MANITOULIN—They may only be here for part of the year, and quite a number don’t even sport Canadian passports, but there is no denying the immense contribution that many of our summer residents make to the general weal of the Island.
“There are so many wonderful people who contribute their time and treasure to help make Misery Bay Park the success that it has been,” said Ken McKenzie, volunteer coordinator for the Friends of Misery Bay, that almost unique organization that assists with operating the interpretive centre and trail system that has made Misery Bay Park a globally famous site, drawing visitors from all points to the rare and mysterious alvar formations for which the park is known.
For the uninitiated, and that tends to hold true for far too many Island residents, Misery Bay Provincial Park is the only operating (day-use only) provincial park on Manitoulin Island. Beside providing access to the scenic Lake Huron coastline and sporting an eco-friendly visitor centre, 15 km of hiking trails and a plethora of rare plants and globally significant ecosystems, Misery Bay Provincial Park also provides great educational programming opportunities through interactive hi-tech displays, posting charts and maps as well as helpful student staff and volunteers drawn from across the spectrum of Island residents.
Barb and Bill Kling are fairly representative of those volunteers who hang their hats rather far afield come the winter months. The couple hail originally from the Buffalo/Rochester area of New York, but now settle into warmer digs in Florida each winter—but come summer, it’s Manitoulin time!
“I have been coming to Manitoulin since 1936,” said Ms. Kling. Her parents were convinced to come to Manitoulin by the Ontario Superintendent of Police when they met him onboard ship travelling back to England. “They rented his place on Silver Lake and then eventually, in 1937, they bought the property.”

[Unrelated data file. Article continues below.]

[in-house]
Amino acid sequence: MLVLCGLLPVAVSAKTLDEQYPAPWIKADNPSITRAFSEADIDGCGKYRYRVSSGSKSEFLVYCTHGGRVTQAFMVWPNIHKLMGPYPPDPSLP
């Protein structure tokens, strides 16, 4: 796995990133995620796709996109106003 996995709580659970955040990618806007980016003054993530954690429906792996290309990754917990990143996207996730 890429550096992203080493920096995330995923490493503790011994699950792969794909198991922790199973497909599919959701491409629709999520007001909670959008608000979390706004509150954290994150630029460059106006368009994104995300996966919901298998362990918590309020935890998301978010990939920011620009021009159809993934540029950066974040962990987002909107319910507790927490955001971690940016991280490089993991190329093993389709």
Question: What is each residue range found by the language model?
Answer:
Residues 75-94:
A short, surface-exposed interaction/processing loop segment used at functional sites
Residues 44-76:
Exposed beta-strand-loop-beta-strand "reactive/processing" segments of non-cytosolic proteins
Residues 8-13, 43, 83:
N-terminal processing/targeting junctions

Mr. Kling married into the family camp and the couple spent their honeymoon on Manitoulin, where love blossomed.
As for Misery Bay, the couple were friends with the original owners, Tom and Ellie Moore. “We knew how much work they did on the property,” said Mr. Kling. “Misery Bay is such a great corner of the world.”
Aside from the beauty and rare alvars that fascinate the couple, volunteering has led to them meeting a large number of people from all across the globe. “There are so many fascinating people from all over the world that you get to meet,” said Ms. Kling.
Regina Moorecroft, a linguist by career, has enjoyed her time with the Friends of Misery Bay as well. She first became involved as a way to become better integrated into the community. “Both my husband and I, when he was still alive, wanted to be involved, I still do actually,” she said. Becoming involved with the Misery Bay Provincial Park project combined her love of the outdoors. “It seemed like a really good thing,” she laughed. “Having a park on the Island. At the time we became involved there wasn’t a park on the Island.”
The government seemed to think so too. Soon the group were able to harness a number of grants to build up the park infrastructure, with the addition of a centre building and ever expanding trails. “To a large extent it was grants from the government that made everything possible,” said Ms. Moorecroft, who originally hails from the London area.
Her motivation these days is much the same as that of the Klings. “Meeting people is really fun,” she said. “Almost everybody who comes really enjoys their time here. I like the other volunteers, it is great to mix with like-minded people and getting to know the other volunteers. Besides, volunteering with the Friends of Misery Bay is a great reason to go out there, to go out on the trails and become familiar.”
Those interested in becoming part of the Friends of Misery Bay family are invited to contact Ken McKenzie at firstname.lastname@example.org for more information on how you can become involved.